Congress is seriously considering three bills that will create new tax burdens for online and catalog sellers.
Under these bills, Congress would unleash sales tax collectors across state borders.
Today, millions of businesses use the internet to reach new customers around the country — which is essential when competing against the big-box chains that dominate local retail. But these bills would add new costs and complexity for every sale a business makes to customers from other states.
Consider a catalog company in Montana who must now figure out sales tax rates and tax holiday rules in Miami. Or a struggling artist who has to figure out tax rates across the country when he sells his paintings over the phone. It’s one thing to figure out the tax rates for the state where you live, but it’s another to figure out all 9,600 tax jurisdictions across the country.
It’s even worse when you consider the possibility of facing 46 different tax audits each year.
These bills would harm millions of businesses who are using the internet to reach customers around the country as they struggle to compete with the big-box chains that dominate local retail.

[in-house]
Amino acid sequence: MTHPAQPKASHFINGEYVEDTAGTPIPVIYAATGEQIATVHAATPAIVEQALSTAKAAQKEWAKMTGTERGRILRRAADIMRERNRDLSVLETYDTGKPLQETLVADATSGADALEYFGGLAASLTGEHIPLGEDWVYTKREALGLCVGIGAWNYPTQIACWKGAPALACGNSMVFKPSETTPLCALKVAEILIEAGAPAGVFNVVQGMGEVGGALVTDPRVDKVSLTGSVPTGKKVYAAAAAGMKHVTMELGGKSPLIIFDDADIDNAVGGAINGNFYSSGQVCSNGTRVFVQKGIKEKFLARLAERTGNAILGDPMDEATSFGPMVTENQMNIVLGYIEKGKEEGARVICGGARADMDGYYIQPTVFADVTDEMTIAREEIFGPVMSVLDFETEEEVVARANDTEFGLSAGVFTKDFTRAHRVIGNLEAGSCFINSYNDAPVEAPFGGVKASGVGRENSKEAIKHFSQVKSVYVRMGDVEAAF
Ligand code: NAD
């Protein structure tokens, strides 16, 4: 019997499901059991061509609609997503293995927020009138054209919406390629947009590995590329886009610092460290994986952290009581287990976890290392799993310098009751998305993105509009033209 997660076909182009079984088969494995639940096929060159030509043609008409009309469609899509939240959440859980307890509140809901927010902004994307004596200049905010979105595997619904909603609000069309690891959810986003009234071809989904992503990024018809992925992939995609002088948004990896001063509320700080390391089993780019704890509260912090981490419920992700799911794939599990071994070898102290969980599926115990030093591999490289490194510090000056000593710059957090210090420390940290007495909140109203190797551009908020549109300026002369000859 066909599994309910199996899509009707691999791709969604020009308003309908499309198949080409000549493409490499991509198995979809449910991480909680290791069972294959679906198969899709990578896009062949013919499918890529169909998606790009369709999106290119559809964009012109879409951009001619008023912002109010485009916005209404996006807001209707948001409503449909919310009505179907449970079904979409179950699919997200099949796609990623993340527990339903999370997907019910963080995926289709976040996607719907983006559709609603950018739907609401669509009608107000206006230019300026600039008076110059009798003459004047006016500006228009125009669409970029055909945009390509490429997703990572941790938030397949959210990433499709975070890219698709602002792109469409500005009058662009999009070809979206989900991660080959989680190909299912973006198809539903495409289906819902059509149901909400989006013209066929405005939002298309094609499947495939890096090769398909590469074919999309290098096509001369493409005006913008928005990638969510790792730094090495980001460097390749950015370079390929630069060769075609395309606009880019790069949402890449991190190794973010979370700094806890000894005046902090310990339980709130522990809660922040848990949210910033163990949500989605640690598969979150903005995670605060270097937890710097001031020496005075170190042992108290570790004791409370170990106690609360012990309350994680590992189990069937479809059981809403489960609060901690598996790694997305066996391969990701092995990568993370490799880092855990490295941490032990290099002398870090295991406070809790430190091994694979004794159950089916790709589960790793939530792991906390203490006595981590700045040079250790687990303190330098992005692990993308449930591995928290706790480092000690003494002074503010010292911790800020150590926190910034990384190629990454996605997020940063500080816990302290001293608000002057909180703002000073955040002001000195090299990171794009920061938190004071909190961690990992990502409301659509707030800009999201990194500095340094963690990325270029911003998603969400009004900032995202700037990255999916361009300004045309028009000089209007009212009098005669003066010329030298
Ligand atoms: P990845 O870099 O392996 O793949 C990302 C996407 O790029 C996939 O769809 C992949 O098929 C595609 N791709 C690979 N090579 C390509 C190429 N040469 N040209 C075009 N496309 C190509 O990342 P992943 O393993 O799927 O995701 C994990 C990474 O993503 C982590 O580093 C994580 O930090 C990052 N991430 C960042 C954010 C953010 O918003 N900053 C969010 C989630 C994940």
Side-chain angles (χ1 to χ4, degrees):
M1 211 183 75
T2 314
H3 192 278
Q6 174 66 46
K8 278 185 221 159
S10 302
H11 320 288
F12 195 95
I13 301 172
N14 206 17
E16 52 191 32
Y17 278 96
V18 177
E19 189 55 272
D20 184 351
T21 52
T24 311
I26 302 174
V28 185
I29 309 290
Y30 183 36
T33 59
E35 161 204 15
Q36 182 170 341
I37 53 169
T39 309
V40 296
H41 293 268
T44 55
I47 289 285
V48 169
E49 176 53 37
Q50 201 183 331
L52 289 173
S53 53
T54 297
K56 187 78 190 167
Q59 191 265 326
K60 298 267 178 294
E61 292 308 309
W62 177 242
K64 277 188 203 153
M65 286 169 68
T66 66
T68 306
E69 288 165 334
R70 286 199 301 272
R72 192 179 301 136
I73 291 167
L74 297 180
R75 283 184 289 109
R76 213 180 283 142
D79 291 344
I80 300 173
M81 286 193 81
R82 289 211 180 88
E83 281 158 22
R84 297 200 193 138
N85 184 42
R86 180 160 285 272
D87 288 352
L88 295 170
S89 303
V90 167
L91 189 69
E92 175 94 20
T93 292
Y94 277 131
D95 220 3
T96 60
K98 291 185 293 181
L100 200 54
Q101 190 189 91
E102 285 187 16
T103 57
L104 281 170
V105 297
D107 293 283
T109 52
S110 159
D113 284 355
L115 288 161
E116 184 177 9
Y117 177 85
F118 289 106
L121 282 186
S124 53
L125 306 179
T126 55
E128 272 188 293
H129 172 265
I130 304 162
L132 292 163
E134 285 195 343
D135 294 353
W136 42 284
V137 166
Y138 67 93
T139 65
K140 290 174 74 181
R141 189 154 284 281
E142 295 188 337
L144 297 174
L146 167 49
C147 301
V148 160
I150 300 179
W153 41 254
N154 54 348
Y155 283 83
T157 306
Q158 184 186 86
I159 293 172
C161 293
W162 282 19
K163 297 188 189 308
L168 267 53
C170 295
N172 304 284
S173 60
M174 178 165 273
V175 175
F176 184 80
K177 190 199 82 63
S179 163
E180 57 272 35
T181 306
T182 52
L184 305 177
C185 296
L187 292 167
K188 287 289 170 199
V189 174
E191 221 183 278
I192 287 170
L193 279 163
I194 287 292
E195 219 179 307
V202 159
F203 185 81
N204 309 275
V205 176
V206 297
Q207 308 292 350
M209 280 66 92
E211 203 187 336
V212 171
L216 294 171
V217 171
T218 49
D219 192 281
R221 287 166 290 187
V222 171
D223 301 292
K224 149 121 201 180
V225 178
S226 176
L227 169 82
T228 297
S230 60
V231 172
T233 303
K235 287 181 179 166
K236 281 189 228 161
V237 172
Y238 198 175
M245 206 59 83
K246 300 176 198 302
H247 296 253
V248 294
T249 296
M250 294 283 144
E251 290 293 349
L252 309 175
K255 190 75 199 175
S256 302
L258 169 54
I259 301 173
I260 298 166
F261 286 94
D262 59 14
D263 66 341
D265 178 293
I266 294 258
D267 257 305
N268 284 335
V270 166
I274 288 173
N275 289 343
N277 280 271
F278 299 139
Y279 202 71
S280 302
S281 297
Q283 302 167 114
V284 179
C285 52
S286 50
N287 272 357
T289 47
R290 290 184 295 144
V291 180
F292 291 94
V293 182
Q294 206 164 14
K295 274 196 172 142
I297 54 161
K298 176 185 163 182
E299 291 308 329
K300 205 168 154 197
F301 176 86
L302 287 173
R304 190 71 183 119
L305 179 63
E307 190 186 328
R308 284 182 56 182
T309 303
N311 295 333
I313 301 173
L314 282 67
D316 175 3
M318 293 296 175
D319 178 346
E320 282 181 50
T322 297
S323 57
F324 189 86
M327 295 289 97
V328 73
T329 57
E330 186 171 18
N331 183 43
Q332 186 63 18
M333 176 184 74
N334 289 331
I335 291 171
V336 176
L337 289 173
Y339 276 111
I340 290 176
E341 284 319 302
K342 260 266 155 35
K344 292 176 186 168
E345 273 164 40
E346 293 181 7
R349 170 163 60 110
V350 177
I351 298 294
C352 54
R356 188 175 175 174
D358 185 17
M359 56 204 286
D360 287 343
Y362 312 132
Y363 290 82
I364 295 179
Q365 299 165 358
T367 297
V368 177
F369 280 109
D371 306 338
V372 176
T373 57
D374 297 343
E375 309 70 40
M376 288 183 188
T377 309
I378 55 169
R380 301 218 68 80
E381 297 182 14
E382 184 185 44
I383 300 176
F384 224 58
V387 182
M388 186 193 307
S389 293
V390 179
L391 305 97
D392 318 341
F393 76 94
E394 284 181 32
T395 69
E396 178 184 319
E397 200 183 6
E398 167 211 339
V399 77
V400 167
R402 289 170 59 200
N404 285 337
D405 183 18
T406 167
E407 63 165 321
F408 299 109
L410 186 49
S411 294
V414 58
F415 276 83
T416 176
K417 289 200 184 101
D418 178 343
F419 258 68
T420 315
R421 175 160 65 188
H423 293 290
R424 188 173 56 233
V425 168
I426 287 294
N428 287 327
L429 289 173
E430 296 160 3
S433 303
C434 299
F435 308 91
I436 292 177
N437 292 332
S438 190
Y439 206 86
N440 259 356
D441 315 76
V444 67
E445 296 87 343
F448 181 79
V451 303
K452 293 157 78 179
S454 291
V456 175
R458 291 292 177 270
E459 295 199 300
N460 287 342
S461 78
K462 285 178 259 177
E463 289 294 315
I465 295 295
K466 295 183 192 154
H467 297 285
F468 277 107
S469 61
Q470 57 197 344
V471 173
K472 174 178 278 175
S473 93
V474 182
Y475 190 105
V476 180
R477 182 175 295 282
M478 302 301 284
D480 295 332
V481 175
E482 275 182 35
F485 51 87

Moreover, the potential state revenues from these uncollected sales taxes are grossly overstated. According to a study by economists Robert Litan and Jeffrey Eisenach, uncollected sales tax on e-commerce in 2012 is only 1/3 of one percent of total state and local tax revenue.
And these bills, despite the claims of their supporters, would harm “Mainstreet” businesses, since many of them use the web to reach customers in other states.
Instead of imposing today’s complex tax system on all businesses, we propose a set of straightforward “simplification requirements” that would reduce the tax collection and administrative burdens across the board.
Some of these requirements are slam-dunk simple: like requiring each state to have a single rate for remote sales, standard definitions, and a single audit for all states. Other requirements – like vendor compensation and legal means to challenge states that stray from simplification standards – may take a little more thought. Taken together however, these proposals lay out a roadmap for real simplification that protects online sellers and the future of e-commerce.
Unless and until Congress requires all of these minimum simplifications, it should avoid foisting new tax burdens on remote sellers.
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